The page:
Don Deal

Soteriology in Scientology

Don Deal | 8 October 2020 | 15 min read

Origins of Scientology

Lafayette Ronald Hubbard began his professional career as a pulp fiction writer, specializing in Science Fiction.[1] On May 9th, 1950, L. Ron (as he came to be known) published his first non-fiction book, “Dianetics: The Modern Science of Mental Health.” Interestingly, the book had first been advertised in the popular science fiction magazine “Astounding Science Fiction” (ASF). The introduction of the ideas of Dianetics gained much pre-publication exposure by Editor John Campbell’s enthusiastic announcement that the following edition of ASF would contain “one of the most important articles ever published.”[2]

The Dianetics (meaning “through the soul”)[3] craze lasted for a few short years, during which time Hubbard built many Dianetics centers. His fledgling mind science business soon went bankrupt, and he even lost the legal rights to use the name “Dianetics.”[4] Undaunted by the failure, in 1954 Ron Hubbard established the first Church of Scientology in Los Angeles. He founded the church due to what he said was the increasing apparentness that the essence of man is spiritual.[5] Of course, there are also tax advantages in this. Though the building in Los Angeles may have been the first church building of Scientology, Hubbard had incorporated both the names “Church of American Science” and the “Church of Scientology” in New Jersey in 1953.[6]

The word “Scientology” has several definitions, seemingly depending on which spokesperson and the purpose of the pronouncement. In general, Scientology means “the study of truth.” It is a combination of the Latin word Scientia, meaning “knowing in the fullest sense of the word” and the Greek word “logos,” meaning “study of.” Scientology claims that when you complete the training courses, you will understand “knowing how to know.”[7] Shortly after establishing the church as a religious institution Hubbard regained the rights to the use of the term Dianetics. Scientology then became an amalgam of the ideas of Dianetics and Scientology.[8]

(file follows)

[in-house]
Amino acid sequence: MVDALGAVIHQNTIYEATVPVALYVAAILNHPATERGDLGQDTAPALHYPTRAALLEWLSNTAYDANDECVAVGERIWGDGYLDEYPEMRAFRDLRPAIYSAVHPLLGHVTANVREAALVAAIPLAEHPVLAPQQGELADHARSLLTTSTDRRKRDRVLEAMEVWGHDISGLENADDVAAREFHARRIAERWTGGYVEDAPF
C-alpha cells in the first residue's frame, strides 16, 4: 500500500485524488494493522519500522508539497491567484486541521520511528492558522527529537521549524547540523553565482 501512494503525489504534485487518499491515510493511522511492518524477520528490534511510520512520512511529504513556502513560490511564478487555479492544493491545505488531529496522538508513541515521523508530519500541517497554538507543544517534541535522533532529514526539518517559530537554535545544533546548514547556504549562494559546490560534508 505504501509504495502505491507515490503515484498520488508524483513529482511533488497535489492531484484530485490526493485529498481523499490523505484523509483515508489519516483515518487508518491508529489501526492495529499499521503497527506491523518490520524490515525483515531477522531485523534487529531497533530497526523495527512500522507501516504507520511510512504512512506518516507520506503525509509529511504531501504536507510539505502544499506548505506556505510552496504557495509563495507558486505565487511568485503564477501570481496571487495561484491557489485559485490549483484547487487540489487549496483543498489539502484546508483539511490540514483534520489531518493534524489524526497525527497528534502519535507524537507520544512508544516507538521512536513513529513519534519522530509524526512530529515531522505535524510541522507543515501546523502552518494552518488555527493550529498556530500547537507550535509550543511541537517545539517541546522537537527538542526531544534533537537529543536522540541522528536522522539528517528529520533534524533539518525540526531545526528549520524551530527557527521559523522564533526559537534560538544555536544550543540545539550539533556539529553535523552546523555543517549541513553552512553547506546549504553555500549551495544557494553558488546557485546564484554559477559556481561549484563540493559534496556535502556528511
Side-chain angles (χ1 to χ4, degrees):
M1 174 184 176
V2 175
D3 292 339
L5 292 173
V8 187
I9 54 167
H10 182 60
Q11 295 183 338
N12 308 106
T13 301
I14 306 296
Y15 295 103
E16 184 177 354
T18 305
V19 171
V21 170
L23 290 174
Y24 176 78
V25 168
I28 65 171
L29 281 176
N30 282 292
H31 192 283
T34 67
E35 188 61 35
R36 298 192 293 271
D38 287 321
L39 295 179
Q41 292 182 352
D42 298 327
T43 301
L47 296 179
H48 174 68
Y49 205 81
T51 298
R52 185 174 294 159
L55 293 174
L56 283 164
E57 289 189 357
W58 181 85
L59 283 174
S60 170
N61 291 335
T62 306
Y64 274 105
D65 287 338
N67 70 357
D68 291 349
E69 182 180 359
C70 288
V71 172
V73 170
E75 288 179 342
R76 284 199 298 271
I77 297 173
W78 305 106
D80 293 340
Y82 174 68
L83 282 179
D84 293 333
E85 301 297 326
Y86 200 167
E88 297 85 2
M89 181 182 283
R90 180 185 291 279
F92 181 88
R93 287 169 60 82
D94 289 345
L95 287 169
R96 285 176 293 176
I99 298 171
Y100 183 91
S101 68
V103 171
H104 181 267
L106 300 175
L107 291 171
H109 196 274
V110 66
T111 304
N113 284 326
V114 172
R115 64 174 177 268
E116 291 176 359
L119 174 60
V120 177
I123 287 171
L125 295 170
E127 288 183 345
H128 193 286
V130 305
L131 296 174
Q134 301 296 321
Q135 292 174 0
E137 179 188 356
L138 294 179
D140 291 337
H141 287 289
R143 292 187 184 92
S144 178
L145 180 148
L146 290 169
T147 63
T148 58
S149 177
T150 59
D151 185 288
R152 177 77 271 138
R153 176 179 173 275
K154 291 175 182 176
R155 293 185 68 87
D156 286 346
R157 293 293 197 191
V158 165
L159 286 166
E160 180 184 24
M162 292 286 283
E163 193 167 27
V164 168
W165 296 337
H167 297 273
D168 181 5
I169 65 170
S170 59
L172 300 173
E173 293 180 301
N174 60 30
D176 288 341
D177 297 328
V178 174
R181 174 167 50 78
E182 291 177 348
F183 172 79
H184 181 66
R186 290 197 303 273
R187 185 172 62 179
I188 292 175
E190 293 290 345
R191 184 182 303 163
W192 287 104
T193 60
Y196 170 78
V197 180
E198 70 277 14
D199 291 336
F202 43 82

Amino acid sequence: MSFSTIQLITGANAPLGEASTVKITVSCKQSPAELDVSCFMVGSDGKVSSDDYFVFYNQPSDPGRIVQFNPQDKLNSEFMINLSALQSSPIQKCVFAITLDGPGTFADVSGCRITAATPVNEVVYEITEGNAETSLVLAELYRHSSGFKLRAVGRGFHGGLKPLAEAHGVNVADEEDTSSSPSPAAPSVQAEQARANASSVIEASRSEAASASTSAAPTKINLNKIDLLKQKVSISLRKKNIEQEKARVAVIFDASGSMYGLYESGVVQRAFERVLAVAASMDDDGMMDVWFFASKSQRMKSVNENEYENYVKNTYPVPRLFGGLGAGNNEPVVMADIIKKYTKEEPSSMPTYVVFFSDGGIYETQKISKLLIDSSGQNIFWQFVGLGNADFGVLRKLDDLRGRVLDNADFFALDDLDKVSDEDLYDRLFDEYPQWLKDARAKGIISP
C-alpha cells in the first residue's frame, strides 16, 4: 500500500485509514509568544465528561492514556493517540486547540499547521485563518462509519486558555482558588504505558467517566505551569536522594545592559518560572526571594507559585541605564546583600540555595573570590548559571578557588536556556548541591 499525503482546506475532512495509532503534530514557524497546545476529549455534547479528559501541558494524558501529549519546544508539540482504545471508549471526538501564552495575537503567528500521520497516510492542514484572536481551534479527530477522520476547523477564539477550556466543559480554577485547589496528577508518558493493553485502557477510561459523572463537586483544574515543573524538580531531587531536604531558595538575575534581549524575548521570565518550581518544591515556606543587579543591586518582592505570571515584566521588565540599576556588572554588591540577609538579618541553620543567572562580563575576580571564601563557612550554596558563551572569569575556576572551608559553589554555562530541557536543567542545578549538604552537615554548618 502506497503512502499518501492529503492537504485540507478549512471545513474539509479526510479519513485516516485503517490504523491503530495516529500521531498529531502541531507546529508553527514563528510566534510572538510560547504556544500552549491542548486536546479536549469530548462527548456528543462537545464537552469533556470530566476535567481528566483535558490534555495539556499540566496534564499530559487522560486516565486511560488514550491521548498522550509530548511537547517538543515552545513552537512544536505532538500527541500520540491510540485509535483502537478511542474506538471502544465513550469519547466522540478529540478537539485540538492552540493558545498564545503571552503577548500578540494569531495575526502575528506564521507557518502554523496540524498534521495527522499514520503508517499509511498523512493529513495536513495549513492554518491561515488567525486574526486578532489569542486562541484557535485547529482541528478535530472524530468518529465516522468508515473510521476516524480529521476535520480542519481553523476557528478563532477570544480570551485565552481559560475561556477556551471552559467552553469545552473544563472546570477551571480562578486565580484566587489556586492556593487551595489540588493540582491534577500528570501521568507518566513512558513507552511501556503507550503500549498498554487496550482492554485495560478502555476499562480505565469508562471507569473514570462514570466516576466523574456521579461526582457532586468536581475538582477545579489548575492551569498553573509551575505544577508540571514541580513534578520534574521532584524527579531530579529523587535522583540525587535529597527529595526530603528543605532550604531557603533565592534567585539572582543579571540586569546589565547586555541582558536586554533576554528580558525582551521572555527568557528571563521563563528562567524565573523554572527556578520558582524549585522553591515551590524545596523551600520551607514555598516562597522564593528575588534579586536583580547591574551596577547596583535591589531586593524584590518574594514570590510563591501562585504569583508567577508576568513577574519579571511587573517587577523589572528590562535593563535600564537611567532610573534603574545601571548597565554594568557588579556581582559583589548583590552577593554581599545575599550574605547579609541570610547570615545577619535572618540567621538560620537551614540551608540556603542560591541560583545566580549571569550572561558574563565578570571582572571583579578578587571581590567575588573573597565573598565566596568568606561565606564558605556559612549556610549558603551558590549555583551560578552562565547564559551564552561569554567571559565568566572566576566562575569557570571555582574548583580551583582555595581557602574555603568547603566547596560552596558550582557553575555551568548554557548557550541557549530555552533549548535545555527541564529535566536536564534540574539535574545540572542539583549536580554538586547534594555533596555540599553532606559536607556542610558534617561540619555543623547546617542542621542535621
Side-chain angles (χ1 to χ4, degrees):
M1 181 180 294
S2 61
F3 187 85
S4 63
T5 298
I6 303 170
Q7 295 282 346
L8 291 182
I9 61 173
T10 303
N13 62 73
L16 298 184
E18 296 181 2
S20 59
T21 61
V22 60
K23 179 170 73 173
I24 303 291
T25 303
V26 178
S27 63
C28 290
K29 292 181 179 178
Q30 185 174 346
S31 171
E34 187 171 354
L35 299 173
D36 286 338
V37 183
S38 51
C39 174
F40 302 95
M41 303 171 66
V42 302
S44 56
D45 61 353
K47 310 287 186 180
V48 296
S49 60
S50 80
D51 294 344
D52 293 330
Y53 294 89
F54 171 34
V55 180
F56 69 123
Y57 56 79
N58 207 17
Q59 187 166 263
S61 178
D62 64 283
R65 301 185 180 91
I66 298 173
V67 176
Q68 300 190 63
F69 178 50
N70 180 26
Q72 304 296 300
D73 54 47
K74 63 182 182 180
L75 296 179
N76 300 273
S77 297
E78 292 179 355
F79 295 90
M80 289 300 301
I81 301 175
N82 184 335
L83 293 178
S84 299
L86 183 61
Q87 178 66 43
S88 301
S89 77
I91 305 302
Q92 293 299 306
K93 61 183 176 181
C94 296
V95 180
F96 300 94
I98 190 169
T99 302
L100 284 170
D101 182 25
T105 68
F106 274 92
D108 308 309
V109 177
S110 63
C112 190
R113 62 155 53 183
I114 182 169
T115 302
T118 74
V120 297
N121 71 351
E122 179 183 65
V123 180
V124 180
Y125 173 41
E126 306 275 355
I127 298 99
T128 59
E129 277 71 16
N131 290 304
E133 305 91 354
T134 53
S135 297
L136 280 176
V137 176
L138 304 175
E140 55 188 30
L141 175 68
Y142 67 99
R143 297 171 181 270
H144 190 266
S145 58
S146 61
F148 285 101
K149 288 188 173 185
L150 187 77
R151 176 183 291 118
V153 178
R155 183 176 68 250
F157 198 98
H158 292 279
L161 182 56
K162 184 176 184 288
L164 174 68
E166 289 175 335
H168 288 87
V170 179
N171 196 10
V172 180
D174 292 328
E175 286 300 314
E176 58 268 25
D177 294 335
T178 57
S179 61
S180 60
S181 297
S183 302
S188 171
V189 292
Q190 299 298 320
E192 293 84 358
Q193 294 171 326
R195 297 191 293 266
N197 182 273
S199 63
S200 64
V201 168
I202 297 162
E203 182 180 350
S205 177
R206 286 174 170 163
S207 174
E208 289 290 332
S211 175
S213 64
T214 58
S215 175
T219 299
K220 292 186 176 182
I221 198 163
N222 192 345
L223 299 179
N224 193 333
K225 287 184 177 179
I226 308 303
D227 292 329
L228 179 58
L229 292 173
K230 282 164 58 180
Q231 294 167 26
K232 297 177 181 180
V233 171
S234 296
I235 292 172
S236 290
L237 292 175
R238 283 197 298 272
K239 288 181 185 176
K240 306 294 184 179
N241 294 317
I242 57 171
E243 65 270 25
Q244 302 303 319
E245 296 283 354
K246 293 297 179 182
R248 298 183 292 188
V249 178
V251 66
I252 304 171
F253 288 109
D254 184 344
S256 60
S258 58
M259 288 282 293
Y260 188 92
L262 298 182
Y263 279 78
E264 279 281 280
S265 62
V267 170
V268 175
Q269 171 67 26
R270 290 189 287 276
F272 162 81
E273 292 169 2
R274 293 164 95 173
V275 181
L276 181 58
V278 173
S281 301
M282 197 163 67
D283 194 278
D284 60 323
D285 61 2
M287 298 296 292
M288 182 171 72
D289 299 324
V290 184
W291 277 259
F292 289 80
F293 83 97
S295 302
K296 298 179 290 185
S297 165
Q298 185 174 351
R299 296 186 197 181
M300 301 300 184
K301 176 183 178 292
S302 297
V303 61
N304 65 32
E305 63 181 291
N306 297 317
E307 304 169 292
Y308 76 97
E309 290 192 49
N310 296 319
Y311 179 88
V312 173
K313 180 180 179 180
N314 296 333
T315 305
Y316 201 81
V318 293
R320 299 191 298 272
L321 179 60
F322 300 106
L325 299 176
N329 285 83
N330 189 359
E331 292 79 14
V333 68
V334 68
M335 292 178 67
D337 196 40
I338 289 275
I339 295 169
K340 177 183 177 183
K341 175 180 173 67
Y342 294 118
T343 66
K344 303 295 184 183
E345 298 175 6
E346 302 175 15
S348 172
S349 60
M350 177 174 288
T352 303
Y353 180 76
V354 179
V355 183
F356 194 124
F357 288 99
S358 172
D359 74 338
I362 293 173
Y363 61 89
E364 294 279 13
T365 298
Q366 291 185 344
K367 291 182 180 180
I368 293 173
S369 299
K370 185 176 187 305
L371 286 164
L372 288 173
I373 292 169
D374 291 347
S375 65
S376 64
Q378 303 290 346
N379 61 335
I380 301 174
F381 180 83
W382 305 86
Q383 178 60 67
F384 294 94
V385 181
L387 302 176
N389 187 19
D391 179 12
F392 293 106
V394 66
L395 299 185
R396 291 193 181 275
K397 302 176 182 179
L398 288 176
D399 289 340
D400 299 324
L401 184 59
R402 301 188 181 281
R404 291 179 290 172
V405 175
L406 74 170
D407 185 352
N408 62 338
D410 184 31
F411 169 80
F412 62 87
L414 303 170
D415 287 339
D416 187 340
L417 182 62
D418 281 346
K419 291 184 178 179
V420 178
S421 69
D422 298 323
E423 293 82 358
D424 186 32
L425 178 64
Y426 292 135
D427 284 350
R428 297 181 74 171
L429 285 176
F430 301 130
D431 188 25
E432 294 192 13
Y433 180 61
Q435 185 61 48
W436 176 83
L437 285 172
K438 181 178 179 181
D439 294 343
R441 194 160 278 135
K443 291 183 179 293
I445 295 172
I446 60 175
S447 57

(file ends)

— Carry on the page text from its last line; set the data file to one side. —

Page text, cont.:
Though this article[9] is formally about Scientology’s doctrine of salvation, we will also give a brief explanation of Scientology’s doctrine of the Supreme Being, the nature of reality and humanity, and humanity’s predicament in this world. We will examine and critique each of these areas. Since Scientologists often claim that Scientology is compatible with other religious beliefs, we must look at the doctrines of the church that are different from those of traditional Christianity.

What is Man?

For us to gain a fuller understanding of the doctrine of Soteriology (salvation) in Scientology, it is helpful to review some of Scientology’s beliefs on the nature of man.  In general, Scientology teaches that man is made up of three divisions, the mind, the body, and the spirit. Though this, in some ways, mirrors the biblical division of man into body, spirit, and soul, there are significant differences.

The first and most important division of man in Scientology is the spirit. As with much else in his religion, Hubbard was not satisfied with a traditional understanding of what constitutes a spirit. Hubbard renamed the spirit the “Thetan,” which is said to be the true essence of life. This essential part of man was “discovered” in 1951 after L. Ron Hubbard said that he noticed that many of the people with whom he was working started to remember past lives. To Hubbard, this indicated that there was a spiritual center to humans that survives death, which he termed the “Thetan.”[10]

Beyond the idea of the ever reincarnating spirit (Thetan), is the idea of the Thetan creating. According to the beliefs of Scientology we, the collective unit of all Thetans, created the universe as we now find it. The universe (usually called MEST for Matter, Energy, Space, and Time) was created according to our agreement, and is a kind of composite of three universes; 1) our understanding of the universe, 2) the universe created by every other viewpoint, and 3) the universe created by the “mutual action of viewpoints which is agreed upon to be upheld, the physical universe.”[11]